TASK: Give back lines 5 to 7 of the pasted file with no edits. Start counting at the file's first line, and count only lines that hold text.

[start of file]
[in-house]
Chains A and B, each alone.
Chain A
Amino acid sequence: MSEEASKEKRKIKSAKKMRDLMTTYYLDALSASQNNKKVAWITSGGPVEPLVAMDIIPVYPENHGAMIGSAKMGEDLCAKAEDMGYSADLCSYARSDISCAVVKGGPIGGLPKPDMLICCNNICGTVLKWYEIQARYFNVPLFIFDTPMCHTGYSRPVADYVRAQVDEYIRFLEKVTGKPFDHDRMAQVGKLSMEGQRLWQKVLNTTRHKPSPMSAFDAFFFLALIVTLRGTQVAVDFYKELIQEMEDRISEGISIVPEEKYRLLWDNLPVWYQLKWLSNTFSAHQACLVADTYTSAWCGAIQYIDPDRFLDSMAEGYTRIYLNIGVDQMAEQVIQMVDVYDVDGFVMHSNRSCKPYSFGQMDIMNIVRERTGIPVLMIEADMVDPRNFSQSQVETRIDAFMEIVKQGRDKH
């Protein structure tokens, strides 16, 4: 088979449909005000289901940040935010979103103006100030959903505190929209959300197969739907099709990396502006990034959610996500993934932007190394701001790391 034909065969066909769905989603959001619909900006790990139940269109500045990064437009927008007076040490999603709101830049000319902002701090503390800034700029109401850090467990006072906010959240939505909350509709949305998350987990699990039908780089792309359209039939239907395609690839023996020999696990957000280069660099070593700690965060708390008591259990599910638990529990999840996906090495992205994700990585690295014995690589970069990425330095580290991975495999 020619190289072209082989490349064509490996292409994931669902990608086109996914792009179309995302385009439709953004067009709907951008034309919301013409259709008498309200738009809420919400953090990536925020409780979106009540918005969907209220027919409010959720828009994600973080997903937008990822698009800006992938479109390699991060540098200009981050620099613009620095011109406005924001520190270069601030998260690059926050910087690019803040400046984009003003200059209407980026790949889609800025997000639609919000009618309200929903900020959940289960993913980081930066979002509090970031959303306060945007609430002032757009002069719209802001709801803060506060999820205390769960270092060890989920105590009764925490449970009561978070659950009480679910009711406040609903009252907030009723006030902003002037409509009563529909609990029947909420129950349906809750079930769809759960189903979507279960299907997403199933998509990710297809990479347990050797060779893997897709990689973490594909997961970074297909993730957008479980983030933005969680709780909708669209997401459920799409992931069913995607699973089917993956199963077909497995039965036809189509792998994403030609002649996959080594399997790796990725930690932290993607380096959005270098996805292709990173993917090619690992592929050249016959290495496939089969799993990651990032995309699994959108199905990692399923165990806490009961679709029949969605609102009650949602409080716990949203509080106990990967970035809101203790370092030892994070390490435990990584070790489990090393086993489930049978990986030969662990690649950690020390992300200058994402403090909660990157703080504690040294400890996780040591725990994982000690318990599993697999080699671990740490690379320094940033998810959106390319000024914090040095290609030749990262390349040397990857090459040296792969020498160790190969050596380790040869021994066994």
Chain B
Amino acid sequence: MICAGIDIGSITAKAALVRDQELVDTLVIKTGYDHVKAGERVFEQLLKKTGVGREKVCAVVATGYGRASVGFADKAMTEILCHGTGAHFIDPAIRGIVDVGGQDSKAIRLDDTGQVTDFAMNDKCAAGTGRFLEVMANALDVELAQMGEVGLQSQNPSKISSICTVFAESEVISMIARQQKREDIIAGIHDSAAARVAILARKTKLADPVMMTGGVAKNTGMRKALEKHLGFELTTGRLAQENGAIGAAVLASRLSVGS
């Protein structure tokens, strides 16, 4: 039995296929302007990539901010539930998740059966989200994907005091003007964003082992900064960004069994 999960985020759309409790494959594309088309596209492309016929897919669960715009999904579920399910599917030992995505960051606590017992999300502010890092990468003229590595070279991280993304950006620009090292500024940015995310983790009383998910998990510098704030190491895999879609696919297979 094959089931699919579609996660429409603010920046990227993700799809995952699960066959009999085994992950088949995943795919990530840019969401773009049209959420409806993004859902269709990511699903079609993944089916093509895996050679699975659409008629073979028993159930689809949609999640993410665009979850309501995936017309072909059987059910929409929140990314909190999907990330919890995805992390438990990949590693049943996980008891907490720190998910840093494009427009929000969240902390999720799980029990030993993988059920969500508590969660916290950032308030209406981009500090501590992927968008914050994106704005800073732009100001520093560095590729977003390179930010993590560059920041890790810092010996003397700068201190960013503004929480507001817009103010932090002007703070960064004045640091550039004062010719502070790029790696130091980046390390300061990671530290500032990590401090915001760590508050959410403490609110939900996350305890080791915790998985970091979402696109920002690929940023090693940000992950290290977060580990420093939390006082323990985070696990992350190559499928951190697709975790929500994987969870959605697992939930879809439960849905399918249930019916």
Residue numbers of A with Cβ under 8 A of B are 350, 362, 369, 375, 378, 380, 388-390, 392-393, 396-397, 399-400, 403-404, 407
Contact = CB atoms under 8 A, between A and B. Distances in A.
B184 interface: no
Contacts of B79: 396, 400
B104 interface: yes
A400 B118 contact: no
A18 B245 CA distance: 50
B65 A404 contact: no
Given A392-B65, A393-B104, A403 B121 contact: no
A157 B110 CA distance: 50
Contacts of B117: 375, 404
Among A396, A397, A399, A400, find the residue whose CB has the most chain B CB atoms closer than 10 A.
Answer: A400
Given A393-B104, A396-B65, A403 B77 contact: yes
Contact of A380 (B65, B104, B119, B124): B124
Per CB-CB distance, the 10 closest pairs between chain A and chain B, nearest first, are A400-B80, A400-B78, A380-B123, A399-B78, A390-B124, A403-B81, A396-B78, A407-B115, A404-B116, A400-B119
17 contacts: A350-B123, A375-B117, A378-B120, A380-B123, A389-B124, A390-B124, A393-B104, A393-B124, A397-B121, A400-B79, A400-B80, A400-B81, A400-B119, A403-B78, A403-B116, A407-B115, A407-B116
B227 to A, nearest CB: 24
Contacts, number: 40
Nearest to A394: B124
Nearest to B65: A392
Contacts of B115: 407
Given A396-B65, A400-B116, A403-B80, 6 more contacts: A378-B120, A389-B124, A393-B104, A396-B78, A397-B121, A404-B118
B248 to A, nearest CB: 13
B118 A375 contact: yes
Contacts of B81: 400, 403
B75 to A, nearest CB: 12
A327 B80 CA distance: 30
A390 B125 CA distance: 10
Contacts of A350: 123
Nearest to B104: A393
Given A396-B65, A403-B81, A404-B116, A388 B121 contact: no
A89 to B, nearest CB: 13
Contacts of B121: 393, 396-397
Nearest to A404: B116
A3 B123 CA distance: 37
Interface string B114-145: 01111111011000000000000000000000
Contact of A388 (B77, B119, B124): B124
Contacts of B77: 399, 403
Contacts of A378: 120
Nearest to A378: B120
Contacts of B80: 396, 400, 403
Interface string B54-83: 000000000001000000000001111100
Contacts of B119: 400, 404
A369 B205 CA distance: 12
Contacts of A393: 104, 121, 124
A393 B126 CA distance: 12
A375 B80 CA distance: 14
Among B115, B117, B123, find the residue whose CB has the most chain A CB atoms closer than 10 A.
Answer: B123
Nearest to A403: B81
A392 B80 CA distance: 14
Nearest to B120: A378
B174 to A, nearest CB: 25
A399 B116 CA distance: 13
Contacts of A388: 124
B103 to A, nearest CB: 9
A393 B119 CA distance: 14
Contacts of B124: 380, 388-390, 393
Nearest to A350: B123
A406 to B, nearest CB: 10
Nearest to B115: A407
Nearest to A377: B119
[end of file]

């Protein structure tokens, strides 16, 4: 088979449909005000289901940040935010979103103006100030959903505190929209959300197969739907099709990396502006990034959610996500993934932007190394701001790391 034909065969066909769905989603959001619909900006790990139940269109500045990064437009927008007076040490999603709101830049000319902002701090503390800034700029109401850090467990006072906010959240939505909350509709949305998350987990699990039908780089792309359209039939239907395609690839023996020999696990957000280069660099070593700690965060708390008591259990599910638990529990999840996906090495992205994700990585690295014995690589970069990425330095580290991975495999 020619190289072209082989490349064509490996292409994931669902990608086109996914792009179309995302385009439709953004067009709907951008034309919301013409259709008498309200738009809420919400953090990536925020409780979106009540918005969907209220027919409010959720828009994600973080997903937008990822698009800006992938479109390699991060540098200009981050620099613009620095011109406005924001520190270069601030998260690059926050910087690019803040400046984009003003200059209407980026790949889609800025997000639609919000009618309200929903900020959940289960993913980081930066979002509090970031959303306060945007609430002032757009002069719209802001709801803060506060999820205390769960270092060890989920105590009764925490449970009561978070659950009480679910009711406040609903009252907030009723006030902003002037409509009563529909609990029947909420129950349906809750079930769809759960189903979507279960299907997403199933998509990710297809990479347990050797060779893997897709990689973490594909997961970074297909993730957008479980983030933005969680709780909708669209997401459920799409992931069913995607699973089917993956199963077909497995039965036809189509792998994403030609002649996959080594399997790796990725930690932290993607380096959005270098996805292709990173993917090619690992592929050249016959290495496939089969799993990651990032995309699994959108199905990692399923165990806490009961679709029949969605609102009650949602409080716990949203509080106990990967970035809101203790370092030892994070390490435990990584070790489990090393086993489930049978990986030969662990690649950690020390992300200058994402403090909660990157703080504690040294400890996780040591725990994982000690318990599993697999080699671990740490690379320094940033998810959106390319000024914090040095290609030749990262390349040397990857090459040296792969020498160790190969050596380790040869021994066994």
Chain B
Amino acid sequence: MICAGIDIGSITAKAALVRDQELVDTLVIKTGYDHVKAGERVFEQLLKKTGVGREKVCAVVATGYGRASVGFADKAMTEILCHGTGAHFIDPAIRGIVDVGGQDSKAIRLDDTGQVTDFAMNDKCAAGTGRFLEVMANALDVELAQMGEVGLQSQNPSKISSICTVFAESEVISMIARQQKREDIIAGIHDSAAARVAILARKTKLADPVMMTGGVAKNTGMRKALEKHLGFELTTGRLAQENGAIGAAVLASRLSVGS